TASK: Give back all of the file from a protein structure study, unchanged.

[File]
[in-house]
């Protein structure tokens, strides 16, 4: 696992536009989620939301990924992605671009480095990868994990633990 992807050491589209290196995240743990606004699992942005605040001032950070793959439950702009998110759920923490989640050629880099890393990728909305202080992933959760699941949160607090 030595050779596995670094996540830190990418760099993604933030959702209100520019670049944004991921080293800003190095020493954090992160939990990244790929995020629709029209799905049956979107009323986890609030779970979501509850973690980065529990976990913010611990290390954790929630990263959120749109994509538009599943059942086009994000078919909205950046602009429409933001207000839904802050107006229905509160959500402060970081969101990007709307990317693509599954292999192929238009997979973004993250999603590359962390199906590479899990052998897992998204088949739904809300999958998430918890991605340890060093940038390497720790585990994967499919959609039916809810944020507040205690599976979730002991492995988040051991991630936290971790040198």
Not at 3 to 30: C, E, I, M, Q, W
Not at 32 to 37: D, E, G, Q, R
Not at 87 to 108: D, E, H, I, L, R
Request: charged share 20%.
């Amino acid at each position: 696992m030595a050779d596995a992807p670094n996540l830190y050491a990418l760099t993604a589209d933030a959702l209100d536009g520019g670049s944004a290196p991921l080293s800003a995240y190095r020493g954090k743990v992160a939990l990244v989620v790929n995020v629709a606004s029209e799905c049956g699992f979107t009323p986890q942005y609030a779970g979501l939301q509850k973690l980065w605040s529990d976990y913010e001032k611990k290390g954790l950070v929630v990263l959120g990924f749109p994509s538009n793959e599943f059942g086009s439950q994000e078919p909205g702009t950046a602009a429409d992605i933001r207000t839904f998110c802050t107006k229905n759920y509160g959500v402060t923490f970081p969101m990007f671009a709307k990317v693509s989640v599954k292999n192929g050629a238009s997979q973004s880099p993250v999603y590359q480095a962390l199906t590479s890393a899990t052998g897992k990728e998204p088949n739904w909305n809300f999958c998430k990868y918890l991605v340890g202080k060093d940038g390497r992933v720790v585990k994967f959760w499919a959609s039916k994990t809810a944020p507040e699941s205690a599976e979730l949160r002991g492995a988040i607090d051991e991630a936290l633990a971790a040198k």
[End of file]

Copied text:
[in-house]
């Protein structure tokens, strides 16, 4: 696992536009989620939301990924992605671009480095990868994990633990 992807050491589209290196995240743990606004699992942005605040001032950070793959439950702009998110759920923490989640050629880099890393990728909305202080992933959760699941949160607090 030595050779596995670094996540830190990418760099993604933030959702209100520019670049944004991921080293800003190095020493954090992160939990990244790929995020629709029209799905049956979107009323986890609030779970979501509850973690980065529990976990913010611990290390954790929630990263959120749109994509538009599943059942086009994000078919909205950046602009429409933001207000839904802050107006229905509160959500402060970081969101990007709307990317693509599954292999192929238009997979973004993250999603590359962390199906590479899990052998897992998204088949739904809300999958998430918890991605340890060093940038390497720790585990994967499919959609039916809810944020507040205690599976979730002991492995988040051991991630936290971790040198």
Not at 3 to 30: C, E, I, M, Q, W
Not at 32 to 37: D, E, G, Q, R
Not at 87 to 108: D, E, H, I, L, R
Request: charged share 20%.
């Amino acid at each position: 696992m030595a050779d596995a992807p670094n996540l830190y050491a990418l760099t993604a589209d933030a959702l209100d536009g520019g670049s944004a290196p991921l080293s800003a995240y190095r020493g954090k743990v992160a939990l990244v989620v790929n995020v629709a606004s029209e799905c049956g699992f979107t009323p986890q942005y609030a779970g979501l939301q509850k973690l980065w605040s529990d976990y913010e001032k611990k290390g954790l950070v929630v990263l959120g990924f749109p994509s538009n793959e599943f059942g086009s439950q994000e078919p909205g702009t950046a602009a429409d992605i933001r207000t839904f998110c802050t107006k229905n759920y509160g959500v402060t923490f970081p969101m990007f671009a709307k990317v693509s989640v599954k292999n192929g050629a238009s997979q973004s880099p993250v999603y590359q480095a962390l199906t590479s890393a899990t052998g897992k990728e998204p088949n739904w909305n809300f999958c998430k990868y918890l991605v340890g202080k060093d940038g390497r992933v720790v585990k994967f959760w499919a959609s039916k994990t809810a944020p507040e699941s205690a599976e979730l949160r002991g492995a988040i607090d051991e991630a936290l633990a971790a040198k």